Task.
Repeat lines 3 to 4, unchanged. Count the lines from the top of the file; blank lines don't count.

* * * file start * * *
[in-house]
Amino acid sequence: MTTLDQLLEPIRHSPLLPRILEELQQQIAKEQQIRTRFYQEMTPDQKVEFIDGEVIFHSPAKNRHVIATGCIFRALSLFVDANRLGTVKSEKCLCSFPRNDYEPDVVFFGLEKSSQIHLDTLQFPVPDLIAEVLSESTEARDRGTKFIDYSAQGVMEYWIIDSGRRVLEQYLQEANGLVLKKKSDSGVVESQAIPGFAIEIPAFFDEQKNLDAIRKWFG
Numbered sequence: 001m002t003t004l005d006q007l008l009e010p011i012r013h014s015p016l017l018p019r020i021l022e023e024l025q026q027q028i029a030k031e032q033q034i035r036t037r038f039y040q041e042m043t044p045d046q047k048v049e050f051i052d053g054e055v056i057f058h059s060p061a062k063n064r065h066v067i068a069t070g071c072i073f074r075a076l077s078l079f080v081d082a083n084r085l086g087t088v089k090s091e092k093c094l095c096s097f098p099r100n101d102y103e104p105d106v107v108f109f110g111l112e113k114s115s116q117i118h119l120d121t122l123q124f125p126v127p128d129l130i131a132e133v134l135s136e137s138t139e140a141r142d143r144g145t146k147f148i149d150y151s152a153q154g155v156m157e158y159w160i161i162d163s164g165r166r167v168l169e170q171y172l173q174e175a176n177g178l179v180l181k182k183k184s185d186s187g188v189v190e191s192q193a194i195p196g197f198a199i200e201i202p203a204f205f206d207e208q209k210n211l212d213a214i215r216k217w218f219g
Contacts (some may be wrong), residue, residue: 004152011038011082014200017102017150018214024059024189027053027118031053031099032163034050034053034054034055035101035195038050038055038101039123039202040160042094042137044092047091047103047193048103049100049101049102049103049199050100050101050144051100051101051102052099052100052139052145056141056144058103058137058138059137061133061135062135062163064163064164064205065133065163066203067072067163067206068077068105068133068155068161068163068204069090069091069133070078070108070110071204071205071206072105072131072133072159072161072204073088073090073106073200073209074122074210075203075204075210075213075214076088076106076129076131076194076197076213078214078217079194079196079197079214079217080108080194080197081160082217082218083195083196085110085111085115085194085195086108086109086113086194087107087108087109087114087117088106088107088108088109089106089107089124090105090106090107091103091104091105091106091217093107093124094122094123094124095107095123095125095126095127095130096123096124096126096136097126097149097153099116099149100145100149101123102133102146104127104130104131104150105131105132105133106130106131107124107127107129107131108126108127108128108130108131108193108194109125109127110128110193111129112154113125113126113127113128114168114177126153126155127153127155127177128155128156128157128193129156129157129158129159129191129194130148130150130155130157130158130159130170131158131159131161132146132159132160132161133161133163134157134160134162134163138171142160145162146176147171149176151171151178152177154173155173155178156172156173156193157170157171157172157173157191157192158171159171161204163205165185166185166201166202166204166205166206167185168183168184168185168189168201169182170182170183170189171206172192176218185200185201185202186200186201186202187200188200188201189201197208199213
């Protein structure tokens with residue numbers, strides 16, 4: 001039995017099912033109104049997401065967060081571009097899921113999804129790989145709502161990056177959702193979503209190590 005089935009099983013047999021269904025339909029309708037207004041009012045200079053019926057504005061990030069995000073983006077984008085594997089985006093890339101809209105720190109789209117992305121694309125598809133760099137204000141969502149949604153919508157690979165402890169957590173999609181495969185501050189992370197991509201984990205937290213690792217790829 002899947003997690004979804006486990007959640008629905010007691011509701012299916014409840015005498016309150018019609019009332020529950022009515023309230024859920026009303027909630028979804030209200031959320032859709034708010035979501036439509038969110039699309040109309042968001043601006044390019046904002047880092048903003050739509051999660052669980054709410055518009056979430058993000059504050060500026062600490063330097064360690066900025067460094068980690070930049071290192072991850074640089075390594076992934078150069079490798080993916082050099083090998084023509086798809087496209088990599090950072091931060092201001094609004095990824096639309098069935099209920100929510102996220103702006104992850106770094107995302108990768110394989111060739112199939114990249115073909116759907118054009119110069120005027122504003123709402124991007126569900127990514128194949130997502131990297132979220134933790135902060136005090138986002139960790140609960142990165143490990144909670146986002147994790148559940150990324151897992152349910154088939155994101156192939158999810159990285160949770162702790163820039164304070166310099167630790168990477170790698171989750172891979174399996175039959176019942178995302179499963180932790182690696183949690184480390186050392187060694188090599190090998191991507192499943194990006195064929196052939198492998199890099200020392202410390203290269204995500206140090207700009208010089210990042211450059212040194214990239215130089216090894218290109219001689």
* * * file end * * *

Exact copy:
Numbered sequence: 001m002t003t004l005d006q007l008l009e010p011i012r013h014s015p016l017l018p019r020i021l022e023e024l025q026q027q028i029a030k031e032q033q034i035r036t037r038f039y040q041e042m043t044p045d046q047k048v049e050f051i052d053g054e055v056i057f058h059s060p061a062k063n064r065h066v067i068a069t070g071c072i073f074r075a076l077s078l079f080v081d082a083n084r085l086g087t088v089k090s091e092k093c094l095c096s097f098p099r100n101d102y103e104p105d106v107v108f109f110g111l112e113k114s115s116q117i118h119l120d121t122l123q124f125p126v127p128d129l130i131a132e133v134l135s136e137s138t139e140a141r142d143r144g145t146k147f148i149d150y151s152a153q154g155v156m157e158y159w160i161i162d163s164g165r166r167v168l169e170q171y172l173q174e175a176n177g178l179v180l181k182k183k184s185d186s187g188v189v190e191s192q193a194i195p196g197f198a199i200e201i202p203a204f205f206d207e208q209k210n211l212d213a214i215r216k217w218f219g
Contacts (some may be wrong), residue, residue: 004152011038011082014200017102017150018214024059024189027053027118031053031099032163034050034053034054034055035101035195038050038055038101039123039202040160042094042137044092047091047103047193048103049100049101049102049103049199050100050101050144051100051101051102052099052100052139052145056141056144058103058137058138059137061133061135062135062163064163064164064205065133065163066203067072067163067206068077068105068133068155068161068163068204069090069091069133070078070108070110071204071205071206072105072131072133072159072161072204073088073090073106073200073209074122074210075203075204075210075213075214076088076106076129076131076194076197076213078214078217079194079196079197079214079217080108080194080197081160082217082218083195083196085110085111085115085194085195086108086109086113086194087107087108087109087114087117088106088107088108088109089106089107089124090105090106090107091103091104091105091106091217093107093124094122094123094124095107095123095125095126095127095130096123096124096126096136097126097149097153099116099149100145100149101123102133102146104127104130104131104150105131105132105133106130106131107124107127107129107131108126108127108128108130108131108193108194109125109127110128110193111129112154113125113126113127113128114168114177126153126155127153127155127177128155128156128157128193129156129157129158129159129191129194130148130150130155130157130158130159130170131158131159131161132146132159132160132161133161133163134157134160134162134163138171142160145162146176147171149176151171151178152177154173155173155178156172156173156193157170157171157172157173157191157192158171159171161204163205165185166185166201166202166204166205166206167185168183168184168185168189168201169182170182170183170189171206172192176218185200185201185202186200186201186202187200188200188201189201197208199213